The Beginning of Burma’s Problems
As Burma slipped deeper into socialism, 400 Catholic schools were stolen from the priests, brothers and sisters who had built them.
“There’s only one thing worse than a fool and that’s the smug, conceited man always in love with his own opinions.” (Proverbs 26:12)
Burma’s contemporary problems did not just begin with the British Raj. If anything, the answers to many of its problems came in the ideas and structures Western Christians taught them — including human rights, universal education and Christ’s Gospel.
However, it was the Japanese onslaught that cemented those Western values in the soul of the Burmese — and by “Burmese,” I mean all of the 147 indigenous ethnicities united under the name “Burma” (now known as Myanmar). The ethnic Burmese are approximately 50% of the population. Burmese is the national language though it’s usually called “Myanmarian” in a vain attempt at not offending conquered people.
Burmese dictator Shu Maung was born in Paungdale, Burma, and died an ignoble death in Rangoon (now also known as Yangon) in 2002. He ruled Burma in what would later be known as the first of three military juntas to take over the country. He controlled Burma from 1962 to 1988.
Shu Maung studied at Rangoon University College from 1929 to 1931. In the mid-1930s he became involved in the struggle for Burmese independence from the British Empire which led him to ally himself with the Japanese invasion force which had subjugated Burma and an enormous swath of Asia from 1894 to 1945.
In 1941, Shu Maung was one of Thirty Comrades (i.e., Thakin) who was sent to China’s Hainan province to study in a Japanese military school operating there. During his studies, he changed his name to Ne Win ― the name by which history would remember him.
Upon completing his studies, Ne Win served as an officer in the Japanese-sponsored Burma National Army from 1943 to 1945. He finally came to his senses about the Japanese’s true plans concerning Burma and Asia and abandoned his commission. He became involved in the underground resistance to combat the Japanese. When Burma gained independence from Britain on Jan. 4, 1948, Ne Win served as the second commander in chief of the army.
In 1958, Ne Win was asked to serve as Burma’s prime minister in an interim government after Prime Minster U Nu’s administration proved itself incapable of suppressing the ethnic insurgencies on Burma’s outer edges. Ne Win ordered general elections in 1960 and relinquished his position when U Nu was reelected to the post restored parliamentary government.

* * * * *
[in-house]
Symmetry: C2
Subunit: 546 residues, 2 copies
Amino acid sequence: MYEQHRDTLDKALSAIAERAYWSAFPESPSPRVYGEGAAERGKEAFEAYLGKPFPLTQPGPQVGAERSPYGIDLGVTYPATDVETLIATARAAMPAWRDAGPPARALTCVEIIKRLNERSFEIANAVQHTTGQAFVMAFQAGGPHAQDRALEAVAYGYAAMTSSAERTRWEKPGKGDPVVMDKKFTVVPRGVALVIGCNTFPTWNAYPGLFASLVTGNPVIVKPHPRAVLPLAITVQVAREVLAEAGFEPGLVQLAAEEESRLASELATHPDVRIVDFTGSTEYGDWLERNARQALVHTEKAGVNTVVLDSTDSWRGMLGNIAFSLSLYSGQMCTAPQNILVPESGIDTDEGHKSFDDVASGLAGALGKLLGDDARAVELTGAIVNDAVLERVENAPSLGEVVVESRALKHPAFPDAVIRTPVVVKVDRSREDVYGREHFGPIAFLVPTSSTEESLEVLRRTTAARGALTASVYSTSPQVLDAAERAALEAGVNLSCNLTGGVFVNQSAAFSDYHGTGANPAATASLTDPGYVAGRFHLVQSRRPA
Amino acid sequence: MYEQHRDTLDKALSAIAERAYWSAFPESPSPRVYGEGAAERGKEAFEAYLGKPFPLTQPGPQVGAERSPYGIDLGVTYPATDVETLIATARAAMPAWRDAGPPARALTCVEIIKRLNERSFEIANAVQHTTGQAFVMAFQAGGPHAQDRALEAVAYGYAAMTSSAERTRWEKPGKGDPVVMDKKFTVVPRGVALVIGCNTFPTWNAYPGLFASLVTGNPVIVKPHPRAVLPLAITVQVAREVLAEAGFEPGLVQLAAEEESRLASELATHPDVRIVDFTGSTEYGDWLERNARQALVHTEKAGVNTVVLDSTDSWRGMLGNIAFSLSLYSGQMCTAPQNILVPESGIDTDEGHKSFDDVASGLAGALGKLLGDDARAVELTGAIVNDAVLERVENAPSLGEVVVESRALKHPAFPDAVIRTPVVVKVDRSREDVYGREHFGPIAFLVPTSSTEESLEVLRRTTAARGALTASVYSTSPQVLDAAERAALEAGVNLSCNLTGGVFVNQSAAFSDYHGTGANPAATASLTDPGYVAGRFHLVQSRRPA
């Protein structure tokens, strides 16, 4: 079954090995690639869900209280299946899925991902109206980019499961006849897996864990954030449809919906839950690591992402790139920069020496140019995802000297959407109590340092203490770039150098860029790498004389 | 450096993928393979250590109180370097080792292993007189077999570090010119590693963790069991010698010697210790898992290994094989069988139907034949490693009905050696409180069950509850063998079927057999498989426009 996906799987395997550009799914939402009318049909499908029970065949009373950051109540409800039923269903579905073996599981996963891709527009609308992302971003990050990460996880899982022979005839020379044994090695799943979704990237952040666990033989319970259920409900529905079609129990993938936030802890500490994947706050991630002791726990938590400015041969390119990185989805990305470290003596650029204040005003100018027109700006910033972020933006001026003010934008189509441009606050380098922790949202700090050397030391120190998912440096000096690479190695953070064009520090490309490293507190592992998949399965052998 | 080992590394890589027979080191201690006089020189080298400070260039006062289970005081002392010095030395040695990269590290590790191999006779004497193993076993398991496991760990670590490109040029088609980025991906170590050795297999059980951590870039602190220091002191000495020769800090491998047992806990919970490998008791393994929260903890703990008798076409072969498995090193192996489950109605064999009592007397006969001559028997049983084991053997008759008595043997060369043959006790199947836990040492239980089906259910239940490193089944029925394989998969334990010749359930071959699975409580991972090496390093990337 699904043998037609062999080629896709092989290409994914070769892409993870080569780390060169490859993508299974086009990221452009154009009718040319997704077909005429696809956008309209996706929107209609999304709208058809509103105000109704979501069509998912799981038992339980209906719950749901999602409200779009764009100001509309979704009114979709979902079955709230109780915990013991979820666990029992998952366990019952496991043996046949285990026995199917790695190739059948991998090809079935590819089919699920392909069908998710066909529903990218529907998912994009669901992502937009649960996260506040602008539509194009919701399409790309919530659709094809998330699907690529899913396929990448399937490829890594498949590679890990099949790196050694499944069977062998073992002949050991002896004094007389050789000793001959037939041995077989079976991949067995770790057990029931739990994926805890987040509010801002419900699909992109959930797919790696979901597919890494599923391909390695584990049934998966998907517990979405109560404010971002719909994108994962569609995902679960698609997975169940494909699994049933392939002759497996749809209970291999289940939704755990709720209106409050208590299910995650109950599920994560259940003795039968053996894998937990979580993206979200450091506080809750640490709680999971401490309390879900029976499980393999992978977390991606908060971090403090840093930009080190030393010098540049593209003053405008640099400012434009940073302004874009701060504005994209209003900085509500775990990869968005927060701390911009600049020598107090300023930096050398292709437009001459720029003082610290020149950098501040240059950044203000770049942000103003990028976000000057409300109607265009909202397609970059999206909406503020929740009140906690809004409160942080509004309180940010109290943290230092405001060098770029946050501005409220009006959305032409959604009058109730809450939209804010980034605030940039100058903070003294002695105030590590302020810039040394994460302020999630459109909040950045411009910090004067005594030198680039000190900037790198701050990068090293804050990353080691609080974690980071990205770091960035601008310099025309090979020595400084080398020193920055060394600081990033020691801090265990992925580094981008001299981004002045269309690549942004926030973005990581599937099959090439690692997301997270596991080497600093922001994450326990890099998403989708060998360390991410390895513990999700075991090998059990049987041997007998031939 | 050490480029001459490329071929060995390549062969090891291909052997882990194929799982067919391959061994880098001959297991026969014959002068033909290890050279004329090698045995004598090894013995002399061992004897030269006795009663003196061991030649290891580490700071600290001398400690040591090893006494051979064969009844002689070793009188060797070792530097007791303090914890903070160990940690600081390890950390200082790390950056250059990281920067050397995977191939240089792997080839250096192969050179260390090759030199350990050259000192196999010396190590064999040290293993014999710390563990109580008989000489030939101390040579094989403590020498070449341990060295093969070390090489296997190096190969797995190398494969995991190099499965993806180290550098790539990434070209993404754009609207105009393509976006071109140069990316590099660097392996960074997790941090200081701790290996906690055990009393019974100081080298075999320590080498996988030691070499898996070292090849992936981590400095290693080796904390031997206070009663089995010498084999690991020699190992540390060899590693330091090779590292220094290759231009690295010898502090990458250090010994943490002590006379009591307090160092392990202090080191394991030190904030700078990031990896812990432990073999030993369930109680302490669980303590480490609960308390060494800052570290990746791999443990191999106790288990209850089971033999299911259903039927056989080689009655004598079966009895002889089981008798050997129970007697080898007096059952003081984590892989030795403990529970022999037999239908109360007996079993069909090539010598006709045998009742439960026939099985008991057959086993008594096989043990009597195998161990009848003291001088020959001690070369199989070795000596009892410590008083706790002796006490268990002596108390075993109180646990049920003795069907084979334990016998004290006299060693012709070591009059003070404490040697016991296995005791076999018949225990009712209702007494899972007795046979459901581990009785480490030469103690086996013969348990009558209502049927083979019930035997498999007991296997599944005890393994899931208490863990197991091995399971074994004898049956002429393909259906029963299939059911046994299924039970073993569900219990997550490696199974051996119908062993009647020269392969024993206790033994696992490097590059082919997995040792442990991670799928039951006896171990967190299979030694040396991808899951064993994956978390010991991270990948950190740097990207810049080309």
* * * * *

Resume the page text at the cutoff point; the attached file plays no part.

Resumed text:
On March 2, 1962, Ne Win carried out a coup d’état and imprisoned U Nu. He established the Revolutionary Council of the Union of Burma, whose members were taken nearly exclusively from the armed forces.
Ne Win established a marxist dictatorship with the assistance of Chinese Communist Party amid the latter’s atrocities throughout China and especially in Tibet and Uyghuristan. Burma still suffers from the socialist machinations that have plagued all of the 41 nations that had succumb to socialism, including a dogged and massively redundant bureaucracy and a parliament that is constitutionally required to reserve 25% of its seats for active military personnel.
The repressive military dictatorship which Ne Win (his name is often preceded with the letter “U” which is simply an honorific meaning “Mr.”) instituted with a socialist economic program already doomed to failure considering it was based on the Chinese and Soviet systems. All private companies were nationalized including mines, airports, trains, schools and hospitals. In practical terms, this meant that all 400 Catholic schools were stolen from the priests, brothers and sisters who had built them through donations from Catholics around the world.
Like all other communist dictators, Ne Win embarked on an overreaching, impractical and ultimately dangerous industrialization program which ultimately led to the destruction of all natural aquifers throughout the country except in the highest of mountain ranges, forcing the Burmese to restrict themselves to drinking only botted water. Tap water is undrinkable throughout the rest of the country.
Ne Win also destroyed all foreign investment in the company principally controlled by Indians, Chinese, and Pakistani traders. Ne Win steered a neutral, isolationist and xenophobic course in foreign policy. Burma was essentially cut off from the rest of the world, which explains why no one in the West recognizes the new name “Myanmar.”